Or – “An Old Friend With A New Maturity About Him…”
When I was in college, my friend Bruce was the one really enamored of Mike Allred’s work, collecting Madman, Red Rocket 7, and pretty much anything that Mod Mike touched.Â I was, and remain, entertained by those books, but I suspect that to Bruce they’re the equivalent of what 1970’s Ghost Rider, The Liberty Project, and Marvel Premiere featuring the 3-D Man are to me.Â They’re HIS books.Â Like Bruce, like me, like Allred himself, Madman is a dozen years along, and age is bringing something new and different for Snap City’s greatest heroic figure: maturity of theme.
Previously, on Madman Atomic Comics:Â The man who now calls himself Frank Einstein has been through a lot of changes in his afterlife.Â From befriending aliens, to fighting mutant street beatniks, to founding a superteam called the Atomics, the life of a Madman is a confusing one at best.Â After a run-in with death (again) that had him questioning whether his life was nothing but a hallucination, he nearly lost his beloved Josephine to the fickle finger of fate.Â Thanks to the powers of It Girl, Jo’s essence has been saved, but the two women have been combined into one body, one mind, rechristened Luna Jo or Juno.Â Frank is also strangely affected to find that he is one of the mysterious “Four,” with strange voices in his head, strange doings afoot, and an inheretance from his life as ‘Zane Townshend’: a house to call his own.Â Now, Frank is going to check out his new digs, while his mentor (and not coincidentally, one of the minds that reanimated him from Zane’s corpse) Doctor Flem and the Snap City irregulars work on a secret project to make things the way they used to be.Â Madman is about to learn to be careful what one wishes for…
As the issue opens, we find Frank arriving at his (beautifully rendered) new digs, as Jo/Luna drops him off to check the place out.Â She takes off for the lab, to help Flem’s assistant Bonnie with something, and Frank enters the house, thinking his friends are just afraid.Â “They may have been joking when they said it might be fun if this place is haunted, but I think they’re more right than they know.Â Frank enters the house, hoping for a clue about his lost family, but the voice in his head keeps nattering away…Â “There is a rift between our worlds.Â The veil is thin.Â There is no reason to be afraid.”Â Suddenly, his way is blocked by a spectre, a big red ghost with a forked tongue, and the Madman insists on fighting.Â The voice speaks directly to him, eplaining what is happening, how souls leave bodies and go into Spirit Prison.Â “Your premortal name was Prometheus,” it tells him.Â “Limitless power surrounds us…Â It is available with the proper faith and authority.”Â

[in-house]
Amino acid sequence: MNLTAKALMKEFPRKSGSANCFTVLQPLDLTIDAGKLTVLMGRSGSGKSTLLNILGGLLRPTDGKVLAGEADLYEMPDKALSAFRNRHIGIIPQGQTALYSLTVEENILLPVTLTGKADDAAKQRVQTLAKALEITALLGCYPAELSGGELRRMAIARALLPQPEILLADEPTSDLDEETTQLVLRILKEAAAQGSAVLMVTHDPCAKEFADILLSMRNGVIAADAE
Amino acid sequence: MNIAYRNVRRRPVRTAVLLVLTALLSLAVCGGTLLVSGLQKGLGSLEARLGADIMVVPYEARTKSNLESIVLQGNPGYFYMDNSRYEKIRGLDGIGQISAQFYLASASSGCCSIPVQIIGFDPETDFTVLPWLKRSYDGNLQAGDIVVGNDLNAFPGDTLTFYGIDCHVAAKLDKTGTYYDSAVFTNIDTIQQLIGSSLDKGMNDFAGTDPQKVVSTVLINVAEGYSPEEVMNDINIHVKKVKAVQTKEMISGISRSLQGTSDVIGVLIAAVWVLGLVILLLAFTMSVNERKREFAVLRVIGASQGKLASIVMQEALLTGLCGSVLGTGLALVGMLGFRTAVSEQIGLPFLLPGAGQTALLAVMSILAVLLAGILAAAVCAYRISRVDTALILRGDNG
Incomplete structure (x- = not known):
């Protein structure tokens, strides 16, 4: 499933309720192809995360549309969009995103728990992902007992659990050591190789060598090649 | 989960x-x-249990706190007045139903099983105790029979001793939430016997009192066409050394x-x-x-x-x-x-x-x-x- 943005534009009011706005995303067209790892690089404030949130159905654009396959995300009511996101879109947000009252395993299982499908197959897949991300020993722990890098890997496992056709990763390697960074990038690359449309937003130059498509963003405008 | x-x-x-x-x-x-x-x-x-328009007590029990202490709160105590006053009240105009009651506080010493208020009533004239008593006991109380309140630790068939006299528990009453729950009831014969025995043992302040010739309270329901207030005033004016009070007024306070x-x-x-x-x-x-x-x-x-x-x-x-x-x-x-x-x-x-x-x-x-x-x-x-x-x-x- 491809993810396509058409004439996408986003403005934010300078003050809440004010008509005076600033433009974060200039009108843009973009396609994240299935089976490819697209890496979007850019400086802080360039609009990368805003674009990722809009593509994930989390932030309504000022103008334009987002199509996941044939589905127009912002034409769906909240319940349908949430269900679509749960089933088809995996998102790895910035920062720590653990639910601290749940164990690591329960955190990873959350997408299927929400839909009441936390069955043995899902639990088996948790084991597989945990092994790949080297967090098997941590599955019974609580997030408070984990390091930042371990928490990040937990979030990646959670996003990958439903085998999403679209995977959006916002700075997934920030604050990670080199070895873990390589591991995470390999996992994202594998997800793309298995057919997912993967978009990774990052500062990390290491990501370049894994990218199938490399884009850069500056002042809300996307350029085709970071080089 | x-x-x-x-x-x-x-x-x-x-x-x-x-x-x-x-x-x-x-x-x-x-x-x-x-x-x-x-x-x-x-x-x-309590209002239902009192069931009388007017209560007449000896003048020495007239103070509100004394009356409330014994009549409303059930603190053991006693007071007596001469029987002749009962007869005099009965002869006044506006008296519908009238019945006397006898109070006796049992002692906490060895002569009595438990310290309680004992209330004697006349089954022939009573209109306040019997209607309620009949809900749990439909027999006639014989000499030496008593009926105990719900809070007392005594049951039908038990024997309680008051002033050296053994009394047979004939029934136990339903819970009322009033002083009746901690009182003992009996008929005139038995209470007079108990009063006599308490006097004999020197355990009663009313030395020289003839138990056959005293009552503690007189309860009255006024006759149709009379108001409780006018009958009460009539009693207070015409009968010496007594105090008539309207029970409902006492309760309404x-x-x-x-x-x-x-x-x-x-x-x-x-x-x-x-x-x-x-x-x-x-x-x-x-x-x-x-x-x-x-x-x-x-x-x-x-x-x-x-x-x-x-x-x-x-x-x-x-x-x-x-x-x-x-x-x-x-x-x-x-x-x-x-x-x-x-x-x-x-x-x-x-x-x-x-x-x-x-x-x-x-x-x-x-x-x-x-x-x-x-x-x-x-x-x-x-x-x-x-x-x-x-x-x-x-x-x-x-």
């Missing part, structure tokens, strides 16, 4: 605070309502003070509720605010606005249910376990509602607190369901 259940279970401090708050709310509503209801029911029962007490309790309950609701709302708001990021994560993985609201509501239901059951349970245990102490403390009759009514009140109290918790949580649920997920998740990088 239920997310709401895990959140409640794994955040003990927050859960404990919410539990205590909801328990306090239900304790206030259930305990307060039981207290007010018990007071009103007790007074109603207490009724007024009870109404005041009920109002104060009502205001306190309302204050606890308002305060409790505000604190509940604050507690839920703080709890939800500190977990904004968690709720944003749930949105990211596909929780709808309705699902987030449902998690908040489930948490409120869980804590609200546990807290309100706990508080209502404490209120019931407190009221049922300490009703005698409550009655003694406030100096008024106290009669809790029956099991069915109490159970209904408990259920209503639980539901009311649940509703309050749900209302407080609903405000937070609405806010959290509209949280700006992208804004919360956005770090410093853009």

Frank is suddenly siezed by a vision of the future, as Jo, returned to her normal self and body, flits through the house, cleaning it as though they live together.Â “You and she have been sweethearts since the beginning of time,” explains the voice, telling him that he’s seeing the true future.Â An existential conversation takes place in his head as he climbs higher and higher, exploring the rooms of his family’s home, until he reaches the abandoned attic.Â The source of the voice is revealed, as a transparent man stands in the empty attic, beckoning him.Â “You knew me as Zacheous,” the spectre says.Â Frank asks about his parents, and is told that they’re happy in Paradise, and that Jo is currently being separated from Luna.Â Frank immediately sets off for home, running next door to ask if he can use the phone, only to find the neighbor slamming the door in his (green-skinned, superhero-costume-wearing) face.Â Racing to the nearest gas station, he dials the number for Dr. Flem’s lab, only to be told to get hom, fast as he can.
The depth of this issue and it’s ruminations on life and death are tough to summarize, honestly, but really interesting in a spiritual sense.Â The character who was about fun, puns, pop-art references (Mott the Hoople, anyone?) and silliness has evolved into a deep study in philosophy and mortality, and more power to him.Â I don’t suspect that this kind of thing is for everyone, but Allred’s art has a new subtlety to it, with the artitecture, the vehicles and technology nearing photorealism, while the characters maintain his trademark stylization, while his writing meshes high-falutin’ spiritual talk with down-to-earth real people dialogue nicely.Â It’s a strong outing for Madman, earning Madman Atomic Comics #11 3 out of 5 stars, and making me once again happy to connect with an old friend now grown-up.